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7 Reasons Why People Who Don’t Take Life Seriously Are Happier

7 Reasons Why People Who Don’t Take Life Seriously Are Happier

You might have heard the old adage – “Take your work seriously, but don’t take yourself seriously.”

Easy to understand. Difficult to remember. And even more difficult to make a part of your life.

But, there are a few people who have chosen not to take life seriously and these people are experiencing serious happiness. You may be one of them.

Here are 7 reasons why you may be happier than the rest of the crowd

1. You know that happiness is YOUR choice

You are not looking for happiness from external sources.

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You enjoy material things. You may love parties, movies and music as well. But, you aren’t attached to them. You know that  the source of true happiness is deep within you, and you make everyone around you feel good, too.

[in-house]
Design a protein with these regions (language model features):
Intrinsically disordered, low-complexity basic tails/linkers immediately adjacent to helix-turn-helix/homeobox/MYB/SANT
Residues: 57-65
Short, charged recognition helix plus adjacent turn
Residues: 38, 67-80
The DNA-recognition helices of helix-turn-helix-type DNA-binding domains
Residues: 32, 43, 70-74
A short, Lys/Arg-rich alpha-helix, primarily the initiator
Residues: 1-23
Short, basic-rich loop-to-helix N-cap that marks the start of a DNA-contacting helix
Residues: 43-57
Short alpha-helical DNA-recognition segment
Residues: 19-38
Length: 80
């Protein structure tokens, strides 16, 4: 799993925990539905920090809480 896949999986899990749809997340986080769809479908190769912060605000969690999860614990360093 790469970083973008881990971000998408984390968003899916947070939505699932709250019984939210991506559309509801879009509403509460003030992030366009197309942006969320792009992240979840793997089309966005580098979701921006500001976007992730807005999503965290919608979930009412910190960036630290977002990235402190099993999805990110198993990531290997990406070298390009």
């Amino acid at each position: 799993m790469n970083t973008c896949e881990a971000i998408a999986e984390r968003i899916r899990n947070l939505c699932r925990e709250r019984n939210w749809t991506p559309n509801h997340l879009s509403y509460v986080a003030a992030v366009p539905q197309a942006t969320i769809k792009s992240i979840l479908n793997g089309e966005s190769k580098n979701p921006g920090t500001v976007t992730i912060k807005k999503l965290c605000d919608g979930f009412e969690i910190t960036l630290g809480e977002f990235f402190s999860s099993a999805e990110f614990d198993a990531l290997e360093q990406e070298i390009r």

2. You fall often, but get back on your feet fast

Just like the rest of the world, you fall often. Where you stand apart is what you do after you fall. Most people stay there playing the victim, finding people to blame and manufacturing excuses so that they can postpone any meaningful action. You, though, take very little time to get back on your feet and start running again.

You know that there is nothing you can do about the past. The more time you spend in the past is time you lose being in the present.

3. You attract like-minded people

Birds of a feather flock together. You attract people who have the same approach of not taking life seriously. Since the conversations in your tribe are mostly uplifting, they help you enjoy life a lot more.

In the same vein, if you stick to your approach, you will notice that people who don’t share that approach start walking out of your life – reducing the noise element.

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4. You utilize selective memory to your advantage